As regards health care for persons deprived of liberty (PDL), we highlight the recommendations of the Brazilian Penal Execution Act (LEP)(6), which deals with the right to health of people in prison settings, with guarantee of curative and preventive actions, comprising medical, pharmaceutical and dental care. In addition, LEP determines referral of prisoners to establishments in the health care network, in situations where the prison health facility cannot be effective.
Also within the scope of the legislation on care to PDL, the Ministry of Justice, in partnership with the Ministry of Health, instituted the National Health Plan of the Penitentiary System (PNSSP), through Interministerial Ordinance No. 1,777, dated September 9, 2003, aiming to promote integral attention to the population confined in male and female prisons, including the psychiatric facilities(7). In 2014, with the purpose of expanding the health actions of the Unified Health System (SUS) for the liberty-deprived population, the Ministry of Health launched the National Policy for Comprehensive Health Care for Persons Deprived of Liberty in the Prison System (PNAISP)(8).
However, it is noteworthy that despite the legal apparatus, prison health care in Brazil faces quantitative difficulties, with low percentage of prison units with health teams in place, as well as qualitative difficulties, mainly with unskilled professionals and fragmented network care(9-10).
In addition to the above-mentioned difficulties, and to social vulnerability prior to imprisonment, we note aspects that enhance illness processes, such as overcrowding, sanitation, insufficient food and exposure to stress and violence, with hospital treatment often needed because health promotion and protection actions have proved quite ineffective in this context(11-12).
The need to train the nursing team’s skills and competencies to attend to PDL justifies this study. Denying the importance of the topic, and sweeping health analyses of the prison system under the carpet can mean acceleration of system depletion and worsening of the situation. Therefore, discussing the topic may be the beginning of a transformation process that starts in the academy and extends its reflections to the social context.
Describe the nursing care provided to persons deprived of liberty in the hospital environment.
The data presented here is part of the thesis developed in the Associate Graduate Nursing Program of Universidade Estadual de Pernambuco (UPE) and in Universidade Estadual da Paraíba (UEPB), entitled “Hospital care for convicts: Nursing practices and health policies”.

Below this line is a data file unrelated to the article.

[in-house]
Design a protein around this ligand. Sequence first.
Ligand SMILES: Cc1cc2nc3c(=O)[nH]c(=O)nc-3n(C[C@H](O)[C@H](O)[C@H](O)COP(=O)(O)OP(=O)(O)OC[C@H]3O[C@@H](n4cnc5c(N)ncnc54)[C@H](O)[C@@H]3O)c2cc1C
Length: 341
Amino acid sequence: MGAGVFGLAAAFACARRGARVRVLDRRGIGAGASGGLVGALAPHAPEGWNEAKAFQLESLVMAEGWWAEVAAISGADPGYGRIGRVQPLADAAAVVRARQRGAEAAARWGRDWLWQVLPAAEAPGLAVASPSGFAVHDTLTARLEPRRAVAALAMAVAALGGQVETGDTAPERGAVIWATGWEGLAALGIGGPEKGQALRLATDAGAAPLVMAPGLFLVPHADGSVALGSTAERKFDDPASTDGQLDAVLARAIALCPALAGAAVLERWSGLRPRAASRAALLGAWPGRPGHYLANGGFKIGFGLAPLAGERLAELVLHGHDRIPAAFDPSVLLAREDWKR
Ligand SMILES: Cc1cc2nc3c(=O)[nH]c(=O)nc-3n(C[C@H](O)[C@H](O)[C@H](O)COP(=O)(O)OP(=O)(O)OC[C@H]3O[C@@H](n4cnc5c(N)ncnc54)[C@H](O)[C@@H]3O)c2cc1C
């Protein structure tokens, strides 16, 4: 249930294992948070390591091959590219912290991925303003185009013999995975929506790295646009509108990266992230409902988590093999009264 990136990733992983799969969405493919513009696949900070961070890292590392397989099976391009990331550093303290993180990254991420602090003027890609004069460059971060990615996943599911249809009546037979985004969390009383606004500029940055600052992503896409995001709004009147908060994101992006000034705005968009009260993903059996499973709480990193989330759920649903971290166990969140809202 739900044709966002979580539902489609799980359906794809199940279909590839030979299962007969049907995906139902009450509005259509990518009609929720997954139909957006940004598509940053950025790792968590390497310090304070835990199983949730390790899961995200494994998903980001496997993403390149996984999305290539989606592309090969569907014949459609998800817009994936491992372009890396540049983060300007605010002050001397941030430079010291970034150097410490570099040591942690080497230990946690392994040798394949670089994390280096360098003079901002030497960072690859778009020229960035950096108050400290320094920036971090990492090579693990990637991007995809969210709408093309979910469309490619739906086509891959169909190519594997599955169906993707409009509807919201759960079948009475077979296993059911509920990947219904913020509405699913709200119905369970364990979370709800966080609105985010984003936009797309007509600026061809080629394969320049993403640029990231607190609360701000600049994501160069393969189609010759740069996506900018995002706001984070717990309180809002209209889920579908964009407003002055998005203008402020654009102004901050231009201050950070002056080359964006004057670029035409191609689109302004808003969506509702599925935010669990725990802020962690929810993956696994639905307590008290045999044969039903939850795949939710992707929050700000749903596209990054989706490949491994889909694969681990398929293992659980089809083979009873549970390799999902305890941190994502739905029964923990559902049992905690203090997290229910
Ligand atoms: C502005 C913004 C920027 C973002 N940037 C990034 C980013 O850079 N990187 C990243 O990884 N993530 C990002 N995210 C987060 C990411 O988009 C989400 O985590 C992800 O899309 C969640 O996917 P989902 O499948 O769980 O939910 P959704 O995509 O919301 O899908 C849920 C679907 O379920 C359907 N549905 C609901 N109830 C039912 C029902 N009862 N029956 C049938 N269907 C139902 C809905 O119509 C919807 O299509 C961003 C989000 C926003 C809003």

After a favorable opinion from the Departments of Penitentiary Administration and Hospital Institutions involved in the study, the project was approved by the Research Ethics Committee of UBB and is compliant with Resolution 466/2012(13). In order to safeguard the confidentiality of the research subjects, as well as the institutions visited, an alphanumeric code identification system was adopted, with hospitals identified by letters of the Greek alphabet (α, β, y), Nurses by “N” and Nursing Technicians by “NT”, followed by the number indicating the interview completion order.
This is a descriptive, exploratory research with a qualitative approach, a design that is suitable to capture subjective experiences of certain events(14).
The study was carried out in the medical and surgical wards of three public hospitals located in the northeastern regions of Brazil, namely: Paraíba, Pernambuco and Rio Grande do Norte. These institutions are references for urgency and emergency care and are intended to SUS users, including liberty-deprived persons.
Of the three institutions surveyed, only one had a specific ward for PDL, which was separated by bars from the other hospital spaces. In the other institutions visited, inmates shared the same wards with other patients according to one single criterion: diagnosis/medical treatment. In the three hospitals, the nursing team followed a monthly timetable in the sectors, but the number of patients attended by each nursing technician was set by the professional nurse at the beginning of the work shift.
It should be added that PDL were accompanied by security agents (military police officers), who kept guard outside the ward throughout the hospitalization period and accompanied the nursing professional during care. In addition, some inmates were handcuffed to beds because they were considered as highly dangerous.